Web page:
"Some books are to be tasted, others to be swallowed, and some few to be chewed and digested." (Francis Bacon)

Monday, May 28, 2012

Child 44

TITLE: Child 44
AUTHOR: Tom Rob Smith

First in a trilogy. Set primarily in 1953 (there's a prologue set 20 years earlier) in the Soviet Union, this mystery/thriller packs a real punch. Leo Demidov, a war hero now working as a security officer in the MGB in Moscow, is tasked with hunting down dissidents. A naive, idealistic believer in the rightness and justice of the Soviet system, Leo has blinders on when it comes to the basic lies holding the Soviet system in place. When a colleague's son turns up dead in a bizarre fashion and the State claims it was a mere accident, the seed of doubt is planted in Leo's mind that things might not be as they seem in Stalin's USSR. But it's not until he's assigned to investigate his own wife and refuses to denounce her, that he truly begins to question the realities of the Soviet system. After all, there can be no murder in a system where everything is perfect; only deviants can commit crimes. For every death, there must be a swift resolution, from labeling it an accident to finding a drunk or homosexual to blame.

Throughout the book, Leo remains a loyal citizen, but he slowly loses his naivete. Forced into exile with his wife, Leo must work a menial job with the local militia far east of Moscow, Leo discovers more deaths of children that match the circumstances of his former colleague's dead son. But to investigate means risking far more than exile this time, yet Leo knows the killer will keep killing unless someone stops him.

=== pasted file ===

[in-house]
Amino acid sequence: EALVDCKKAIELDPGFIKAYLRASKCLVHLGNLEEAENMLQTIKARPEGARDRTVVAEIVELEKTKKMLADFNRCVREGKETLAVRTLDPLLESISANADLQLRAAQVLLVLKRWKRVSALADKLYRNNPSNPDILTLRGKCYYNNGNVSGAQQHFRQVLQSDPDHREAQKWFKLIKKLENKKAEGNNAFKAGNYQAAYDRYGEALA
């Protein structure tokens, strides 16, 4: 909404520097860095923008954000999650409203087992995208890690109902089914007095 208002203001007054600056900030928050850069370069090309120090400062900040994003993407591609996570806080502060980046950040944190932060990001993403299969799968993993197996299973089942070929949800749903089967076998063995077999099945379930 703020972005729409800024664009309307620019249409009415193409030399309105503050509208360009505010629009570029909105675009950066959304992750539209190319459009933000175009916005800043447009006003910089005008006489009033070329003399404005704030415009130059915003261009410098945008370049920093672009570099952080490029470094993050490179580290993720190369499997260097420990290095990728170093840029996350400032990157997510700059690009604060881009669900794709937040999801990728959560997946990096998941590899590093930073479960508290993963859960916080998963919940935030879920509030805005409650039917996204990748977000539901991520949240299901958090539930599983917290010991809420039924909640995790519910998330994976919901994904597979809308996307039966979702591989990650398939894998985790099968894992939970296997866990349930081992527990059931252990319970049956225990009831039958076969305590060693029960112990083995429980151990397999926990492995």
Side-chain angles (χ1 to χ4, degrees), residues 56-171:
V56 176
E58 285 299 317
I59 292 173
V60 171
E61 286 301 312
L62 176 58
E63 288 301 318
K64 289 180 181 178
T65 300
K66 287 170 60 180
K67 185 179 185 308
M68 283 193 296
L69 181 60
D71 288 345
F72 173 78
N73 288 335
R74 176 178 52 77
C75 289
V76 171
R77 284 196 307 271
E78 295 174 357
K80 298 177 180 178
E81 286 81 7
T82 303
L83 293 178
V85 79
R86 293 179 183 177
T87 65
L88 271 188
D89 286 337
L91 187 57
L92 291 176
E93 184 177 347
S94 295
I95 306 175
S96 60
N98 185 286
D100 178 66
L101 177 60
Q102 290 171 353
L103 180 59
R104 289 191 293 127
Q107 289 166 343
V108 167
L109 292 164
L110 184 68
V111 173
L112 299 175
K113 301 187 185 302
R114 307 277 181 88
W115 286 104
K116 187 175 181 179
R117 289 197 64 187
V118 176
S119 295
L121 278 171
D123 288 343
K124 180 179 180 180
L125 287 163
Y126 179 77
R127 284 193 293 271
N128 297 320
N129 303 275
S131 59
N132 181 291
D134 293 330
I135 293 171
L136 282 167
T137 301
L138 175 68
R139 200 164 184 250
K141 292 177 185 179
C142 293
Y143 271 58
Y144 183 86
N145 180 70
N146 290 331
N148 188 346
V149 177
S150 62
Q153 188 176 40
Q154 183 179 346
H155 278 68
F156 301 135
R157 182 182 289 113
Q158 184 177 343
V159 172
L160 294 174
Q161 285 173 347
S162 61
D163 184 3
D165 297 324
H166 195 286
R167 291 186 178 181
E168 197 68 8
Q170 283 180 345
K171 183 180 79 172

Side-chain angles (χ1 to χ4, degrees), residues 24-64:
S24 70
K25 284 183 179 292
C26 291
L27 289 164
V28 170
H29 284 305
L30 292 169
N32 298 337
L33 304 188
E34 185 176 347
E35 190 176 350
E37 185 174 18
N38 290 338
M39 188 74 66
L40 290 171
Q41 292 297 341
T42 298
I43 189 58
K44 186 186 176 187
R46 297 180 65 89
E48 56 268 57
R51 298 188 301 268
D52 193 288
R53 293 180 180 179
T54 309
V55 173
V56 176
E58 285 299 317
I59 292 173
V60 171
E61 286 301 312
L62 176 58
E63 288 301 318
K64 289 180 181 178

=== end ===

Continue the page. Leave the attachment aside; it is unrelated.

Smith captures the paranoia of Stalin's Russia and captures what it must have been like to live in a society where neighbors turn in neighbors as a survival technique and no one can be sure who among them is a spy for the State. Against that backdrop, Leo is compelled to solve a mystery that becomes increasingly dangerous for him, his wife, and the parents he left behind in Moscow.

The book works as a mystery and as historical fiction and while I started figuring out aspects of the mystery ahead of the reveal, that didn't diminish the storytelling in the least. My only quibble with the book is that Smith uses a technique I've seen before and don't like, using dashes and italics to set off dialogue rather than using quotation marks. I don't know how this got started, but it's really annoying, making me think I'm reading someone's thoughts rather than their spoken words. But that doesn't take away from a compelling story well told.